by The Historical Examiner
Gill Hoffs, The Lost Story of the William and Mary: The Cowardice of Captain Stinson (Barnsley: Pen & Sword History, 2016. Pp. xi, 162; 1 Passenger List. UK £19.99 hbk. ISBN. 978-1473858244.
Gill Hoffs grew up on the Scottish coast before gaining a BSc in Psychology from the University of Glasgow. She worked with children with a variety of needs before she had her son in 2007. Gill’s short nonfiction, Black Fish won the 2011 Spilling Ink Nonfiction Prize, and her work is available widely online and in print, see her website: gillhoffs.wordpress.com for details. Her book is published by Pen and Sword who have over 350 books published every year, Pen & Sword has established itself as a specialist book publisher.
It is perhaps this delving into the human mind that gives her a different perspective for writing a historical book. She uses a combination of newspaper articles, documented accounts from the survivors and part analysis to recount the tragic tale of the shipwrecked William and Mary.
Throughout the book you get a real sense of the harrowing journey that the emigrants faced. The background stories to those of those who made the journey offer a real sense of the excitement and expectation of what life would be like on reaching America.
The various chapters in the book catalogue the narrative of different ethnic and family groups. These reminiscences are interlaced with newspaper articles that offer the reader a flavour of the hardships those on board faced. At times, some of the accounts are harrowing and not pleasant to read, yet they show the true horrors of sea travel in the nineteenth century.
Chapter seven tells of ‘disaster at sea’ and as a reader you get a true sense of the confusion and desperation of the passengers. The lack of readiness of the boats to evacuate the ship is terrifying, as is the abandonment by the crew. Hoffs suggests that Captain Stinson deliberately left those on board to die, however, you do get a sense of not only cowardice but of his total incompetence in dealing with the crisis. The captain does not come out of the story well at all, and his disappearance upon arrival in American leads us to believe in his guilt. Whether he was guilty of deliberately grounding the ship is open to debate, but there is no doubt that self-preservation was his intention.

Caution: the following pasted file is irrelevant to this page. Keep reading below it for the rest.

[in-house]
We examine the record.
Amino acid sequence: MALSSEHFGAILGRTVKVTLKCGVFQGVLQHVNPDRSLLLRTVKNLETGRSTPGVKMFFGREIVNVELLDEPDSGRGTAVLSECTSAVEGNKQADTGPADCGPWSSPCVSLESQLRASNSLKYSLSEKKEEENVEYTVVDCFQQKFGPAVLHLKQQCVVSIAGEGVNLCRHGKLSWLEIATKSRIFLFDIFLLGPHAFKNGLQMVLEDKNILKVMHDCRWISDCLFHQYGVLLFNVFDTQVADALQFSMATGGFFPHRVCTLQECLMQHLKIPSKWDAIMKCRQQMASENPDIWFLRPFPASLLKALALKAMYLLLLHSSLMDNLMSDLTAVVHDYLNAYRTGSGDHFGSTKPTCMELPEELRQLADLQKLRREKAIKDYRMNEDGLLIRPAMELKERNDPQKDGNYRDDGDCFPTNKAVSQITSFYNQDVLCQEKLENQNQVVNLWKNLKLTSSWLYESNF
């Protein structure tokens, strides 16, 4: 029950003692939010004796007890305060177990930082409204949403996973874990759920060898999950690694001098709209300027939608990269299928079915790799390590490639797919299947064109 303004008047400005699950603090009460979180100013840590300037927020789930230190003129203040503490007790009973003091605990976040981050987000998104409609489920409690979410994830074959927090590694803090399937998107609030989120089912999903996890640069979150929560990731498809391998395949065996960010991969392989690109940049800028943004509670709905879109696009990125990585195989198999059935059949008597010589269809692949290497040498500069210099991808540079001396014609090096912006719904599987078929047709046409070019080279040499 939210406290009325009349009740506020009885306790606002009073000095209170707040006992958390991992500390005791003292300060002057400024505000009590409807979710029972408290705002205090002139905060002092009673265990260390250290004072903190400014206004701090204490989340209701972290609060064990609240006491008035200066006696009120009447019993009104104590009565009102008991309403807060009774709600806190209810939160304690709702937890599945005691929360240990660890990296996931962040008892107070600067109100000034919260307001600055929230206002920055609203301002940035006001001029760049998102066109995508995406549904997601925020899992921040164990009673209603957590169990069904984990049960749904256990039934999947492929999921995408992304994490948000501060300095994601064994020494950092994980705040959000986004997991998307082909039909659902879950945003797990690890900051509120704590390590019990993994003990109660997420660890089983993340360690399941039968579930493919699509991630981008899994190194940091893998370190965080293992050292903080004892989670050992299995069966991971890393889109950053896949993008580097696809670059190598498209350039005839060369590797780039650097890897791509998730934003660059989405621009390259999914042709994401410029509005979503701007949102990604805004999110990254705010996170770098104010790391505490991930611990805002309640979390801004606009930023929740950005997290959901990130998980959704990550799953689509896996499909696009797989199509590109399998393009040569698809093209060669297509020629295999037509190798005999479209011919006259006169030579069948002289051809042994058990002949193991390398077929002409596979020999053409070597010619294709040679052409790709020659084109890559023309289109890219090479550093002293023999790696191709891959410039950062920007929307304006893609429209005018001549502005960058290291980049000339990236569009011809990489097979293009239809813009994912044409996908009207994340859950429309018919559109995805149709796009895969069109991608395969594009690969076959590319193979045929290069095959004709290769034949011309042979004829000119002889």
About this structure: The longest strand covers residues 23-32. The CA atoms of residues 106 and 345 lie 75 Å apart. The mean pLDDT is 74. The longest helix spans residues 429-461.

Overall the book offers a detailed description of Victorian emigration, leading to an explanation of how the system worked, most notably in Liverpool. The finer points of this, and other similar journeys and shipwrecks highlight the main narrative. Hoffs research is extensive; over two hundred newspapers were used, although she does state that this has been done primarily through the internet. The author also used many eye-witness accounts and the final chapter twelve, rounds off the book nicely with a history of those who survived the voyage.
In short, the breadth and depth of scholarship of the author is good, and the book benefits from an extensive bibliography. Hoffs skilfully blends the narrative with the descriptive, and has produced a work that should be read by all those with an interest in emigration, shipwrecks and sea-journeys in the nineteenth century. I would have liked to have seen the use of footnotes and direct referencing in text, and it could be argued that some of the quotations are rather long, but these are small details. In general, Gill Hoffs is a skilled narrator and her thorough research and writing brings the characters alive using their personal accounts, chronicling the story of why those involved were emigrating and how they ended up on this particular ship. Despite the disaster and the cruel journey, the book arrives at a satisfactory end with recounting information of those who survived.
The book is available directly from Pen and Sword by clicking here.
** NOTE: The Historical Examiner received a complimentary copy of the book to review, but no other incentives. The review is an honest and unbiased opinion.